Orthotics for Flatfoot Deformity (Pes Planus)
Flat feet or pes planus is a very common condition associated with medial arch collapse. The symptoms of flat feet include:
- Physical signs of medial arch collapse
- Pain along the tibialis posterior tendon which runs down the inside (medial side) of the leg and ankle
- Pain on the outside of the ankle where the heel bone (calcaneus) and the fibula compress together
- Knee pain, particularly on the inside (medial side) of the knee joint
Some common causes of flat feet include:
- Injury to the tibialis posterior tendon.
- Arthritis in the foot and ankle destroys the cartilage between the joints and the ligaments that support these joints. This can cause the joints to shift and develop a flat foot deformity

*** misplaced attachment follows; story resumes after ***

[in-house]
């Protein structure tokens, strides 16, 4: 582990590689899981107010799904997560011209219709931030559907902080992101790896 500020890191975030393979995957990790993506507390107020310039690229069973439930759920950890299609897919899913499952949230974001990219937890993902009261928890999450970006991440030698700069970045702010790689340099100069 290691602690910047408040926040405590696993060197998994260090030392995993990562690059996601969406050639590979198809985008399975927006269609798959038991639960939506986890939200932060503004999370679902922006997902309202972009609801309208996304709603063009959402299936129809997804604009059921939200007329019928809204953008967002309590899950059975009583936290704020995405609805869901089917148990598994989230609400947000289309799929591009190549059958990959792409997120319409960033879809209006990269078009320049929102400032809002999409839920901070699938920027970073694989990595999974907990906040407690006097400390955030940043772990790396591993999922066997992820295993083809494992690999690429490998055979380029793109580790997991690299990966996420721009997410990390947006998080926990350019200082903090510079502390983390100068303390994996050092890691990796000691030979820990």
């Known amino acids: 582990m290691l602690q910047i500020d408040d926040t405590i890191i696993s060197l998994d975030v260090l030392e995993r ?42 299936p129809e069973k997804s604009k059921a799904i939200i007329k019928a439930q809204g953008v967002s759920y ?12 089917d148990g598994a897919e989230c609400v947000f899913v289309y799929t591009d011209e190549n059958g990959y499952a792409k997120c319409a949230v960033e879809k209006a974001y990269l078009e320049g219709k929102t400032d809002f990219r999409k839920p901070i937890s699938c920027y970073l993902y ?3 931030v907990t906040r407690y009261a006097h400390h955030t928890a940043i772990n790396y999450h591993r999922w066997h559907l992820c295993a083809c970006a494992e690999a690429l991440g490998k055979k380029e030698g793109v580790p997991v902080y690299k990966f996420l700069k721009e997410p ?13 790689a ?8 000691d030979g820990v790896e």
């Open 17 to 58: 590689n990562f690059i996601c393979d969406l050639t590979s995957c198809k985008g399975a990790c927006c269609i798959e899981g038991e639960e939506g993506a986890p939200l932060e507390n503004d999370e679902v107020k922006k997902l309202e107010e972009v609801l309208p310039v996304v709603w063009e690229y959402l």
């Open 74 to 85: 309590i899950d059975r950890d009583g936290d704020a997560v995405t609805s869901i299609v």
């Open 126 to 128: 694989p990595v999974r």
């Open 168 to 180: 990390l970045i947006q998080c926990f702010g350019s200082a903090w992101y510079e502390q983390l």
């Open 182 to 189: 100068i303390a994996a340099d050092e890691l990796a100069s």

- Injury to the bones or ligaments in the midfoot area (lisfranc injury) can result in a flat foot deformity
- Diabetics with peripheral neuropathy can develop a charcot foot. The bones and ligaments in a charcot foot are basically destroyed and almost crumble. This can result in a severe flat foot and often unusual deformities which puts them in a high-risk category for developing ulcers
The most common treatment for a flat foot is:
To determine the most appropriate treatment for you, we recommend booking an initial consultation to discuss your concerns in more detail.
Flat Feet FAQ
For example, a flat foot that overly pronates (rolls inwards) may suffer from aching arches and lateral (outside) ankle impingements locally, but the flow-on effect internally rotates the tibia, causes the knees to dip inwards (valgus malalignment) and the pelvis to drop.
The gluteal muscles are then required to work harder to prevent internal rotation and adduction at the femur which could aggravate lower back pain.